In a move worthy of Lazarus himself, the Full Court of the Federal Court has ruled that the unfair contract provisions in Part 3 of the Independent Contractors Act 2006 (Cth) can be used to remedy a terminated contract. It decided that an IT project manager could ask a court to vary an expired agreement in order to obtain compensation from a labour hire firm.  

The project manager contracted through her company Informax with Clarius Group to provide IT services to Woolworths in February 2007, under a contract which was later renewed to extend through to June 2008. Informax’s contract contained a provision which purported to prevent the project manager from working directly for Woolworths for six months after the termination of her agreement with Clarius. However, unknown to Informax, Clarius Group’s contract with Woolworths contained a 12-month restraint clause.  

Informax contracted directly with Woolworths in July 2008 to provide services for a few months. When Clarius found out, it raised the 12 month restraint provision with Woolworths, who immediately terminated its direct agreement with Informax.  

At first instance, Justice Perram of the Federal Court found that the contract between Informax and Clarius was unfair, and that both restraint clauses were invalid under the common law doctrine of restraint of trade. But he also ruled that section 16(4) of the Independent Contractors Act, which states that any order made to remedy an unfair contract “takes effect on the date of the order or a later date specified in the order”, prevented him from varying the contract to grant Informax relief, as this would be a “retrospective order”. This interpretation essentially made the unfair contract provisions a “dead letter” for any applicant whose contract had already come to an end.

Informax appealed to the Full Court of the Federal Court, which determined that Judge Perram was too narrow in his interpretation of section 16(4).  

The Full Court traced the history of unfair contracts legislation, and concluded that section 16(4) was not intended to override previous case law where courts were willing to vary terminated contracts to provide a remedy. The Full Court stated that the Act does not preclude the making of orders with future effect, but in respect of past matters or events.

The contract between Informax and Clarius Group was determined to be unfair because at the time the contract was made, Clarius had not informed Informax or the project manager of the restraint in the contract with Woolworths, which (for reasons explained below) was longer than any restraint that could reasonably be imposed as between Informax and Clarius. In effect, Clarius was seeking to achieve indirectly (through its contract with Woolworths) what it could not validly achieve by direct agreement with Informax.  

Unfairness is to be remedied from the time the contract was made, said the Full Court. But in doing so, to be “prospective in nature”, the variation to the contract is to be operative only from the date of the court order. Essentially, the Full Court found that while any variation will necessarily be “retrospective”, in the sense that the variation is to a contract already formed (and in some cases already terminated), this does not conflict with section 16(4). That provision is satisfied so long as the variation can only be enforced from the date of the order, that is, “prospectively”.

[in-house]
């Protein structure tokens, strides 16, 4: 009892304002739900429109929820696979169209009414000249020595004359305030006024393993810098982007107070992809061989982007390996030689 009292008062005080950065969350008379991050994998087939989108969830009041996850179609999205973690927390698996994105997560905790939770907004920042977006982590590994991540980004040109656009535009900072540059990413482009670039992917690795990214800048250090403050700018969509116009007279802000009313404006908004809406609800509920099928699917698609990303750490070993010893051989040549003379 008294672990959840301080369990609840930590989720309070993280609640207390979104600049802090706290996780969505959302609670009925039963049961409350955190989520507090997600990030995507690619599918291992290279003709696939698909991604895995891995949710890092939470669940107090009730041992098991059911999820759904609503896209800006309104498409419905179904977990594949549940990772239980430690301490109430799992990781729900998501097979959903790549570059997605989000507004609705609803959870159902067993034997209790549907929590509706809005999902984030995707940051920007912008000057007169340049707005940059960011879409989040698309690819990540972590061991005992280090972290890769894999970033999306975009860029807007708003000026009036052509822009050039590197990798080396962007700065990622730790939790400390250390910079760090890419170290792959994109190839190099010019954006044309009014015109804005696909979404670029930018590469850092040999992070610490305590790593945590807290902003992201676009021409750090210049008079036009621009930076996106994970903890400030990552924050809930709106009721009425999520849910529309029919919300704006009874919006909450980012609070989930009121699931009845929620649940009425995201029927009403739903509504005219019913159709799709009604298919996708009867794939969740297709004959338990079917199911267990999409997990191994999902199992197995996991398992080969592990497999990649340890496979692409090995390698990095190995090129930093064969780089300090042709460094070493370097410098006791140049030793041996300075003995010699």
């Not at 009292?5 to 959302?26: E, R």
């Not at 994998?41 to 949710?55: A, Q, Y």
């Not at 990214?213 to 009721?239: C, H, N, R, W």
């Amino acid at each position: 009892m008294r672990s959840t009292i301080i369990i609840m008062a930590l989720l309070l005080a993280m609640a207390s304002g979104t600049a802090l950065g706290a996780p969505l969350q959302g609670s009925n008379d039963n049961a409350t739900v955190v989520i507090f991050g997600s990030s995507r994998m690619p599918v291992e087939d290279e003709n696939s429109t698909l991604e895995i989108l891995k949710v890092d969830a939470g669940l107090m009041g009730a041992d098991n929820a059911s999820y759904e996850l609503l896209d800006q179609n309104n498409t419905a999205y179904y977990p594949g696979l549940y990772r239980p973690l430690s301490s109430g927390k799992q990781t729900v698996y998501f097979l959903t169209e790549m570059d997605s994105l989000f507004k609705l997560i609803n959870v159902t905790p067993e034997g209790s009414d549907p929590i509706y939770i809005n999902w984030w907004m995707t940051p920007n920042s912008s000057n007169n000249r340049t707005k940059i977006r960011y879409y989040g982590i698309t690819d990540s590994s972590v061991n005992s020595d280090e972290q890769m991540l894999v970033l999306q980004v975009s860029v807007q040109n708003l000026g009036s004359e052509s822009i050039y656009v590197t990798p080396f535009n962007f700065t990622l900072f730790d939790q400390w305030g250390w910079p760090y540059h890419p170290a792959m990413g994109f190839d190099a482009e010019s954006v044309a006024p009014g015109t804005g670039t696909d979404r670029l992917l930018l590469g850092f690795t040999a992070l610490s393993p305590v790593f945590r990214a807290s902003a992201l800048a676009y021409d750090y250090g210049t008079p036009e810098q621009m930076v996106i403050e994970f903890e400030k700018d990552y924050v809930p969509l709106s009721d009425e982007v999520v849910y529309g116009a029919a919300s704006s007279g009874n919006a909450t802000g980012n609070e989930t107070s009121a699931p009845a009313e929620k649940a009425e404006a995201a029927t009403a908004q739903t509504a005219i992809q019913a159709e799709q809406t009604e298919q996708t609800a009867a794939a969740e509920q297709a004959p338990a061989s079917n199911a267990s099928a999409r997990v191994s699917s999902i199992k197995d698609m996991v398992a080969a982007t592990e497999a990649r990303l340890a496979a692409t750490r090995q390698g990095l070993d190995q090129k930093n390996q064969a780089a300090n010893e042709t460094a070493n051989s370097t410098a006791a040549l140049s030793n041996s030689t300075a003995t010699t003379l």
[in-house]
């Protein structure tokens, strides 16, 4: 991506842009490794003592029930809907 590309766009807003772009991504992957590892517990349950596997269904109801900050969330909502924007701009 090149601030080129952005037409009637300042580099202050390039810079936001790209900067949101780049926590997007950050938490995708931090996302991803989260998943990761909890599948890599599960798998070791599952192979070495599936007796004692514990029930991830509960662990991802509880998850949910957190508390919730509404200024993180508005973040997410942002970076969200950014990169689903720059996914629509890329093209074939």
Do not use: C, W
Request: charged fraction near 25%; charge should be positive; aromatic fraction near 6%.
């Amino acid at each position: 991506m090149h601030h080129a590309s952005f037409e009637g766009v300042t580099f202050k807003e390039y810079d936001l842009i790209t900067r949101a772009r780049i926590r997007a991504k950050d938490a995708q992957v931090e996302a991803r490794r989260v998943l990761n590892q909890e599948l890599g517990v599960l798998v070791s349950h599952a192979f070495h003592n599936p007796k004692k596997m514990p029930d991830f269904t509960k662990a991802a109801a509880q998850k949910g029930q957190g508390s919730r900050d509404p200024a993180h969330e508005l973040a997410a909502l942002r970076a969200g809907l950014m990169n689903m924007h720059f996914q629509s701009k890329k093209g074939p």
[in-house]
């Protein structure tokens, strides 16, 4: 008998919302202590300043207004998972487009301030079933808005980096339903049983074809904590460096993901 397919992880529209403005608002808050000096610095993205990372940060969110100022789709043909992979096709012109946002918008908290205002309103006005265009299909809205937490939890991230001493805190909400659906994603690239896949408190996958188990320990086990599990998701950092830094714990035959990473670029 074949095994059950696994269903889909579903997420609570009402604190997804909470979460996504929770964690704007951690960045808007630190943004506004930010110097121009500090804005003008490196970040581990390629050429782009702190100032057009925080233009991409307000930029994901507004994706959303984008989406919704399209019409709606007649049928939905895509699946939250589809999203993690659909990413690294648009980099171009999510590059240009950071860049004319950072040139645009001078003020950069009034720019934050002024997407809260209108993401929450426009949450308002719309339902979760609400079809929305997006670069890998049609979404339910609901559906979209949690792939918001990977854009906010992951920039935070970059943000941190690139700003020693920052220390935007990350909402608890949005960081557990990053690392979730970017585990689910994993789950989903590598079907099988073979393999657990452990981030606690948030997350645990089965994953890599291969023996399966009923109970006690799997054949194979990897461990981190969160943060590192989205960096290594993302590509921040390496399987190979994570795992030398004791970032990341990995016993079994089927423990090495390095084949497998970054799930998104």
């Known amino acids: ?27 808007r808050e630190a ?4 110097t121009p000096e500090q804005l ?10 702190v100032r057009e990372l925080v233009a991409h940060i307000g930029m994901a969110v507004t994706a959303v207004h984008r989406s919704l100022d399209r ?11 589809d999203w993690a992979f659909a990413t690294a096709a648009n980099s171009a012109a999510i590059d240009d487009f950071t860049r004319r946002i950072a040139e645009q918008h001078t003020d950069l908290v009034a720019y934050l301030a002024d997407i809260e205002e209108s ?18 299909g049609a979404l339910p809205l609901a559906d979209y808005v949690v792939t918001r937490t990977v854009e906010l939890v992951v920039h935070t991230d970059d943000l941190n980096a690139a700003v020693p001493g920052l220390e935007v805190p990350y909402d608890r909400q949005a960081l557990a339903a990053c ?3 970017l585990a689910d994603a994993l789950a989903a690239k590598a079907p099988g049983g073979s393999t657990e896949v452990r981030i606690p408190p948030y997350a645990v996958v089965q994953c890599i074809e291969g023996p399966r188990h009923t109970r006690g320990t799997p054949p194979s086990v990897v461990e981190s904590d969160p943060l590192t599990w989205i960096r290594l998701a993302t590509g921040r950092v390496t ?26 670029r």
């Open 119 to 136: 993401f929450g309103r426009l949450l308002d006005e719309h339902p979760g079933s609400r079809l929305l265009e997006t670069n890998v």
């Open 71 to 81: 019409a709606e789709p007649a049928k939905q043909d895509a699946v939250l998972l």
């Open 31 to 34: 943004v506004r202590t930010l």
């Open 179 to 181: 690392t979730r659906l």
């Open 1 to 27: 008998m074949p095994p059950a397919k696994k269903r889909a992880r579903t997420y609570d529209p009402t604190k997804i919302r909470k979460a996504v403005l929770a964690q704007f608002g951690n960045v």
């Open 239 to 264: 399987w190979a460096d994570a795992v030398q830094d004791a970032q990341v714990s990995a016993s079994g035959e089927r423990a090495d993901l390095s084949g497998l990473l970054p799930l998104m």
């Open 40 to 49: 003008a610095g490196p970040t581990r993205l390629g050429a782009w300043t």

Informax had not in their appeal asked for a variation to be made in this way, and in the unusual circumstances of the case, the Full Court gave them additional time to vary the orders.  

The Full Court also made some important comments in relation to restraint of trade clauses in contracts. They noted that such a clause can be void as unreasonable under common law principles, as well as found to be unfair under the Independent Contractors Act. The Court explained that the Act did not override the common law principles on restraint of trade.  

Importantly also, the Full Court held that restraints in labour hire agreements are only reasonable for shorter periods than in an ordinary employment contract. This is because labour hire agencies experience less risk in losing staff than other employers, and the reasonable time for a restraint clause is the time it takes to organise a replacement worker who is prepared to be assigned to a client. In this case, a reasonable length for the restraint of trade clause was found to be four weeks.

The key point to take away from the Informax appeal decision is that the Independent Contractors Act can be used to vary terminated agreements, and provide a remedy in those circumstances, so long as the variation is worded so as to take effect only from the date of the order.  

The decision is also important for the comments made about labour hire companies and restraint of trade clauses. Businesses must be mindful in engaging contractors that any restraint clause in the contract is not unreasonable, having regard to the principal’s ability to acquire additional workers in the event of termination.

Emily Haar, Law Clerk